Nottingham’s Castle Rock managing director calls for urgent support as brewery is on “verge of breakdown”.

Castle Rock ‘s boss Colin Wilde  said after nearly 45 years in Nottinghamshire, the company’s future was threatened.

In a letter to Chancellor Rishi Sunak, Wilde called for urgent financial support to prevent pubs and bars across the county from having to close with the loss of thousands of jobs.

The brewery, which operates 22 pubs has suffered its toughest year since launching in 1977, with revenues down 50 per cent and the 10pm curfew resulting in a full day’s worth of lost income every week.

At the start of lockdown in March, Wilde reduced his salary to minimum wage in a bid to safeguard the company.

Wilde said: “We must be very clear: it is not just already vulnerable pubs which are at breaking point. Viable businesses – those that were thriving in a pre-Covid 19 world – are now making a loss.”

Wilde called for urgent action to support pubs and bars in Nottingham. Without immediate help, closure is inevitable for many businesses and thousands of jobs will be lost.

“We must be very clear: it is not just already-vulnerable pubs which are at breaking point. Viable businesses – those which were thriving in a pre-CV-19 world – are now making a loss.

The initial support granted through the business rates scheme, for those lucky enough to receive it, has been exhausted. Workers have taken considerable income cuts to help their employers survive.

Our own revenues across 22 pubs and a brewery are 50 per cent down, but our costs have gone up. Rent and loan interests still need to be met, and the expense of being Covid-compliant is extensive.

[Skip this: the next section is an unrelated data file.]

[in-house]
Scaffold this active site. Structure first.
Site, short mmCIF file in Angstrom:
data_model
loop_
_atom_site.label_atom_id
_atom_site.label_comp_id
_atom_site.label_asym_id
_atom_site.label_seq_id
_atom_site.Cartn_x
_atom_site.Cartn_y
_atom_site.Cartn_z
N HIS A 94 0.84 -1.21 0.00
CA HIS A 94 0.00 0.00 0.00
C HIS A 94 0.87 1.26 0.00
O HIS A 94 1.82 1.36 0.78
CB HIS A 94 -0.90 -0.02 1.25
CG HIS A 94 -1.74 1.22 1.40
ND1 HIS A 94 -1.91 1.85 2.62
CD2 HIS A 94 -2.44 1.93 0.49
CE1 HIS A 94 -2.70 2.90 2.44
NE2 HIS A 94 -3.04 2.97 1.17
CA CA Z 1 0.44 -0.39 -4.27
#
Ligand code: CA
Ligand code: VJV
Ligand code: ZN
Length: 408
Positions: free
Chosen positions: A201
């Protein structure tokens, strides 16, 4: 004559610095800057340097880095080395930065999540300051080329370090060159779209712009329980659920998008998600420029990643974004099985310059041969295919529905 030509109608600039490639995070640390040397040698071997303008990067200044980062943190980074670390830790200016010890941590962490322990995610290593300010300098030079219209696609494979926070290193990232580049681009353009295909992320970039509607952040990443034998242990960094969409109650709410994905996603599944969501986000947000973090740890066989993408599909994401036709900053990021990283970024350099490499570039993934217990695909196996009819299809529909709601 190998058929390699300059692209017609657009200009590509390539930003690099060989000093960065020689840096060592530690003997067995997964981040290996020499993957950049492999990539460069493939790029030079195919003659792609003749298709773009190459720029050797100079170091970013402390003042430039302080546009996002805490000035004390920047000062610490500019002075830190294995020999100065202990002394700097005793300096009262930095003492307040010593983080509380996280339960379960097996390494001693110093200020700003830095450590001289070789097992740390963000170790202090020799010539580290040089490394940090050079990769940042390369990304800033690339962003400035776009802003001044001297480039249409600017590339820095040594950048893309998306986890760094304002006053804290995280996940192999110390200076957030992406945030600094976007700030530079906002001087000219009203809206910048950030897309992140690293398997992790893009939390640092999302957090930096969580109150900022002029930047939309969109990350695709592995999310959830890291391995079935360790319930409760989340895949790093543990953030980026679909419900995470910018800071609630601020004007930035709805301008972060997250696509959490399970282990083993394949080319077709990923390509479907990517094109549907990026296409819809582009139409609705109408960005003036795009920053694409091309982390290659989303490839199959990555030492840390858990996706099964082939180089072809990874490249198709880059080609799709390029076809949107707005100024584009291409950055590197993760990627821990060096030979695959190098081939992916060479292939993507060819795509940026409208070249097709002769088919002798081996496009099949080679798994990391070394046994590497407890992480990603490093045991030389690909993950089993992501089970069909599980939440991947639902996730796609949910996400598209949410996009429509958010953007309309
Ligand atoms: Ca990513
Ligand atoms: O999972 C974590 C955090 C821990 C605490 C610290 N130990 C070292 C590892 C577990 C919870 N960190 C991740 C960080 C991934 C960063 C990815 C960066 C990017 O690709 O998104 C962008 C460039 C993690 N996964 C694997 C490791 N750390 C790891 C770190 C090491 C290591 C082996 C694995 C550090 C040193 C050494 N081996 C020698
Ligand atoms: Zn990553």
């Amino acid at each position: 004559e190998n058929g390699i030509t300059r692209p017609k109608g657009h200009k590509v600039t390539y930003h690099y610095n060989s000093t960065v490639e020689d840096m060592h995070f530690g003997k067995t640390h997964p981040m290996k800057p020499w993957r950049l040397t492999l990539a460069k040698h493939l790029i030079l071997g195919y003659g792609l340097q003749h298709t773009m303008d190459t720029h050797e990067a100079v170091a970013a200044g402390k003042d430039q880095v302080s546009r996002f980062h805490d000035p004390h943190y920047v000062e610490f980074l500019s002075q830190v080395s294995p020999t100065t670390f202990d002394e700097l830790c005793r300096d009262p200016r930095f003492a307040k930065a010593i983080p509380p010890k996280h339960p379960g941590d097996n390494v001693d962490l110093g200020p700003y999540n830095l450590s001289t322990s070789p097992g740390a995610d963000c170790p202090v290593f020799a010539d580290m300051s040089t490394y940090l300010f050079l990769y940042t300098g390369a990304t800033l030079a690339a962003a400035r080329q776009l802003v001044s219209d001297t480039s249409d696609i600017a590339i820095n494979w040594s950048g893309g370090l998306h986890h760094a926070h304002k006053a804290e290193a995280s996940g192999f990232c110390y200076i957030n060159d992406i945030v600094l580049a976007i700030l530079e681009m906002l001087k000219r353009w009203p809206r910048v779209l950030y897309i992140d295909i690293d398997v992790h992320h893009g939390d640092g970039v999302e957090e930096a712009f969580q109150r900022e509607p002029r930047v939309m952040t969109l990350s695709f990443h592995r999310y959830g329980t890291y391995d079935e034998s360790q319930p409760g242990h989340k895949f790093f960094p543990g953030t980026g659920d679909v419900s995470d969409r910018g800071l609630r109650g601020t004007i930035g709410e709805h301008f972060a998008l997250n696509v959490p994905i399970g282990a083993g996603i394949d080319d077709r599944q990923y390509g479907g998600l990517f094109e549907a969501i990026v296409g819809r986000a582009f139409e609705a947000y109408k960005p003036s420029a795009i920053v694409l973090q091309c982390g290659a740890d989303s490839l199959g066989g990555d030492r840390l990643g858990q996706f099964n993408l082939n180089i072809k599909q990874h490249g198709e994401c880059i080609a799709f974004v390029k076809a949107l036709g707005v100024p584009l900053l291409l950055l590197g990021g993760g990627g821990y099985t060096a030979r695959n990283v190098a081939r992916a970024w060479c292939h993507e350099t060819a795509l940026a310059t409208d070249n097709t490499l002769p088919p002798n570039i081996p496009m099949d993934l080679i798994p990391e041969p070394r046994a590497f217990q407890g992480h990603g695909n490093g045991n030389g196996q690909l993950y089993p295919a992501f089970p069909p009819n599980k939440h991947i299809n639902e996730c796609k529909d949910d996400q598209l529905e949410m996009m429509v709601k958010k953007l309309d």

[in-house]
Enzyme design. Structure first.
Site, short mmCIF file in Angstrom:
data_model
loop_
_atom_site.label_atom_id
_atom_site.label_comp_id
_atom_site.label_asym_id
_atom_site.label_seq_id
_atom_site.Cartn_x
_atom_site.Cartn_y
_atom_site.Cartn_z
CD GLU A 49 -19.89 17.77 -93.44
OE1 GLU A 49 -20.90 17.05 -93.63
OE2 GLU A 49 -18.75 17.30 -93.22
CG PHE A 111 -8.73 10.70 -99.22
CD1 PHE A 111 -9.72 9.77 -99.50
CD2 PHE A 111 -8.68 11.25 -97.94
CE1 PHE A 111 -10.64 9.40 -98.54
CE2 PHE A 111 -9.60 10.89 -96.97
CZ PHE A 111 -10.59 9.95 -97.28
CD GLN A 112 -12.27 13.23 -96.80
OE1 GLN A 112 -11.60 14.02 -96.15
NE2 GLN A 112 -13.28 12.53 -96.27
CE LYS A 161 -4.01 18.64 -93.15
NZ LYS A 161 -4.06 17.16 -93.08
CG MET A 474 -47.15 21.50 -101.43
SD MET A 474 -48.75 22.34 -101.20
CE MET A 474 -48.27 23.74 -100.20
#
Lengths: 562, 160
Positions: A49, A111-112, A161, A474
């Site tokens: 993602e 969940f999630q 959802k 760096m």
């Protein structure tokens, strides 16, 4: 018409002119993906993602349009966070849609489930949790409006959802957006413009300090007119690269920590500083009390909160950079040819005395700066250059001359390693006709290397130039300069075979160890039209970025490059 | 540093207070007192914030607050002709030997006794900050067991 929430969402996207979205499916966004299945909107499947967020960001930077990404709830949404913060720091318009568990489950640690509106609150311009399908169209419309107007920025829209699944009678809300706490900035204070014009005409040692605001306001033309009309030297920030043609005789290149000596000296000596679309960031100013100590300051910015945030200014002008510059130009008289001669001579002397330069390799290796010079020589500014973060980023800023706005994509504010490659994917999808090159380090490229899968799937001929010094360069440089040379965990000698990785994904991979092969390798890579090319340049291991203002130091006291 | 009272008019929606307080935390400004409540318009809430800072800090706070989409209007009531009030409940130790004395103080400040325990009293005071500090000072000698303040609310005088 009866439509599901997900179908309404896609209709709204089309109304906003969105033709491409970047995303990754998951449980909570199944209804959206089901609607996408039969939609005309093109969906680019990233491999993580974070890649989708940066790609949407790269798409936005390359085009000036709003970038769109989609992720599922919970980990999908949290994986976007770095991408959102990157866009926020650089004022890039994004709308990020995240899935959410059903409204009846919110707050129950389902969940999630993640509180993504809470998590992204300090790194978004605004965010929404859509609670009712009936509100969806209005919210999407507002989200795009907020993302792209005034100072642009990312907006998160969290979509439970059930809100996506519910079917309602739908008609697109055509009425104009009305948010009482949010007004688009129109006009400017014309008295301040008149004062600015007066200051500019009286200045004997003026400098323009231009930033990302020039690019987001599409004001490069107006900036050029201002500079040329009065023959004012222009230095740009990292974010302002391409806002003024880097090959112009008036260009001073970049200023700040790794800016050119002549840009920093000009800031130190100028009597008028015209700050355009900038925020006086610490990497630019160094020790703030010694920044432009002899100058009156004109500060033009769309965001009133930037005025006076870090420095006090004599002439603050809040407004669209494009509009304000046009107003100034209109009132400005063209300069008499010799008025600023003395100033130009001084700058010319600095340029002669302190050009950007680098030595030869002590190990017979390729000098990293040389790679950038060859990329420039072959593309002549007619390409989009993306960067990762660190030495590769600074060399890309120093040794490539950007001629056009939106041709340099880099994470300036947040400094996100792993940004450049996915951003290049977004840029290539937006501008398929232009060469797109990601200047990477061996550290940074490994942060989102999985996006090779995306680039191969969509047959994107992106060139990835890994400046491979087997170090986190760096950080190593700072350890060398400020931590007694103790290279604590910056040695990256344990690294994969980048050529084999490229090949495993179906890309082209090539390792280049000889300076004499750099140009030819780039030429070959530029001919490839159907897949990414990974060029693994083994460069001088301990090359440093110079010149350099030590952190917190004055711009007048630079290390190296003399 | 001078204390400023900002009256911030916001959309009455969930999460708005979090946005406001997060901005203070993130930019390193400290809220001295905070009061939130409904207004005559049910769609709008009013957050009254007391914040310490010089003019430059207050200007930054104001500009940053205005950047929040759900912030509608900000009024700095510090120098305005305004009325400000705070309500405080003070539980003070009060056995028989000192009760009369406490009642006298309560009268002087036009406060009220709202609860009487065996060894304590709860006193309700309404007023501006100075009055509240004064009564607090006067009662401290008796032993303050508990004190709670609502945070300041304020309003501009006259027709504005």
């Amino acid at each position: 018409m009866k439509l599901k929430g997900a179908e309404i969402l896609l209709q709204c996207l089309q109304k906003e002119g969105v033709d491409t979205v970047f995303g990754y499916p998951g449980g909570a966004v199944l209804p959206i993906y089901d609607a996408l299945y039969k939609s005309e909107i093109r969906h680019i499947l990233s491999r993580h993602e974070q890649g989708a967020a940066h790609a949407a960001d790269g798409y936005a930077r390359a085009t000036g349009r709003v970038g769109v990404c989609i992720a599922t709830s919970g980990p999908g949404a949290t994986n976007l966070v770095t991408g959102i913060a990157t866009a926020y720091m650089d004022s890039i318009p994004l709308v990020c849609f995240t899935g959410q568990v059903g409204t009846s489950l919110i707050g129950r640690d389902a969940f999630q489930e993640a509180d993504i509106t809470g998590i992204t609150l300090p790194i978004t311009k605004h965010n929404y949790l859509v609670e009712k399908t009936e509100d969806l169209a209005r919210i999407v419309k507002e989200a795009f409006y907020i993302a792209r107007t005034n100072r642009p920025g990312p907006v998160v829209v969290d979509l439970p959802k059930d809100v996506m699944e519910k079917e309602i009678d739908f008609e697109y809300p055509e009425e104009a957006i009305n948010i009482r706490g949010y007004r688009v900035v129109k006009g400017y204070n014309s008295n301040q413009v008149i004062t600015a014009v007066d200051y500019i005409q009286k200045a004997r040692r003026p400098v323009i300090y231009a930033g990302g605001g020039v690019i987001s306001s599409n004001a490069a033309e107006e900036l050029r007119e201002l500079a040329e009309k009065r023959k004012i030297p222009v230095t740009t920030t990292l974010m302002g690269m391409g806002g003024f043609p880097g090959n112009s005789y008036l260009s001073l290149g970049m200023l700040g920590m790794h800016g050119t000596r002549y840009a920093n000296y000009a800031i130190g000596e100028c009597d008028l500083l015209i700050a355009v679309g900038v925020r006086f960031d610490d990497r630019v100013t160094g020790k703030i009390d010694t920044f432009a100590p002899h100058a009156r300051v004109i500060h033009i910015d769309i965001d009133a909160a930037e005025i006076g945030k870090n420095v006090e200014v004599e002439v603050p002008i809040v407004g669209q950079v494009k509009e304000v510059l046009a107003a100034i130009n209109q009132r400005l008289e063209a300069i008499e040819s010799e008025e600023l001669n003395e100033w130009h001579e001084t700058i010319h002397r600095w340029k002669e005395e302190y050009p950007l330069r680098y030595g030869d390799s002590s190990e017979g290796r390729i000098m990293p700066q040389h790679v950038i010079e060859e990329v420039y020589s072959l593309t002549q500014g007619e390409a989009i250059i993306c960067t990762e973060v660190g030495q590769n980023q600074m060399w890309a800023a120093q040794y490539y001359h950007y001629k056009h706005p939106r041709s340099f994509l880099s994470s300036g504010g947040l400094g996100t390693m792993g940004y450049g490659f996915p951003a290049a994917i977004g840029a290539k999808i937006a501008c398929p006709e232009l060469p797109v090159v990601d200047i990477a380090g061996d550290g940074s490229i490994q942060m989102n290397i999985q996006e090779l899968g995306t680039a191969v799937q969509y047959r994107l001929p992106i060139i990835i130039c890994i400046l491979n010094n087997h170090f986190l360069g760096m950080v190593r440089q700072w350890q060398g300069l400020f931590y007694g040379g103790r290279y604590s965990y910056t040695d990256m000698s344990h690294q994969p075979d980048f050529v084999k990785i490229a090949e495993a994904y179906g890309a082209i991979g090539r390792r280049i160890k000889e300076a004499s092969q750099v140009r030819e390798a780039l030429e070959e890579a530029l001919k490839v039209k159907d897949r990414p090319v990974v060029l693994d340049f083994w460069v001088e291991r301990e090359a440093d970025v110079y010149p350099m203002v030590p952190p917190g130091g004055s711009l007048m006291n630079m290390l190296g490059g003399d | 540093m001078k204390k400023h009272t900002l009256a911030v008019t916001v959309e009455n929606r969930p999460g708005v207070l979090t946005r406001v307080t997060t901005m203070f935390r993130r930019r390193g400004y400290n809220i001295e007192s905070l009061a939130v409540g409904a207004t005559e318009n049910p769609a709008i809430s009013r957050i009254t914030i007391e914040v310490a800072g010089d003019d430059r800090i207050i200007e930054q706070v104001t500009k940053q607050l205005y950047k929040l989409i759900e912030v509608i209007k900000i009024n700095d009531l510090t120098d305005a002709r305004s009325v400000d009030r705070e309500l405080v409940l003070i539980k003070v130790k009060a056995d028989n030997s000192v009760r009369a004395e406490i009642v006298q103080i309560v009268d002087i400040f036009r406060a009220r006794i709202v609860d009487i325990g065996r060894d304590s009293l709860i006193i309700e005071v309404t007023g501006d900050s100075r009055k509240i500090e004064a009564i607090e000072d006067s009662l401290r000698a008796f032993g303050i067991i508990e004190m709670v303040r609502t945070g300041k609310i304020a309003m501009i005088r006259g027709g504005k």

“Castle Rock has been a successful business since 1977 but that is now changing. Across the 12 months prior to the Covid outbreak, we contributed 3.75million to government coffers.

“From March 2020 to the ceasing of the job retention scheme, we will have claimed 1.85million in support. It is not unrealistic to ask for continued help that will see viable businesses like ours through the next stage of the pandemic, which will in turn secure our considerable contributions to the economy in the future.”

He criticised the Test and Trace system which makes it mandatory for all customers to sign into the company’s pubs.

“Yet those same customers can enjoy a day of leisure, shopping, or other pursuits, without having to do so. Each positive test which points to a pub or bar is the result of an incomplete testing system, not a negligent industry.

“The punitive treatment of pubs is founded on inaccurate and ultimately meaningless tracking,” said Wilde.

“Overall, hospitality venues in England have performed exceptionally well during the last few months, with the government’s own data released in September attributing just five per cent of outbreaks to the industry.

“The data did not even identify what percentage was attributed to pubs and bars specifically. And yet, a 10pm curfew was introduced, resulting in approximately a full day’s worth of income lost for business every week and a severe loss of customer confidence.”

He called for urgent support from MPs to help pubs and bars and their direct supply chain.

Wilde called for:

1. Financial grant support, to cover lost revenue during the crisis, allowing us to meet the obligations which are unavoidable, regardless of which Tier we are placed in. We ask for the 80% level of support to continue for 6 months in order to save businesses and jobs. We ask for the level of 80% support for furloughed employees to continue for six months, to protect the lower paid.

2. Removal of Employer’s NI payments, and a contribution towards paying people to work.

3. A VAT rate on beer that means we pay the same in cash terms as a supermarket.

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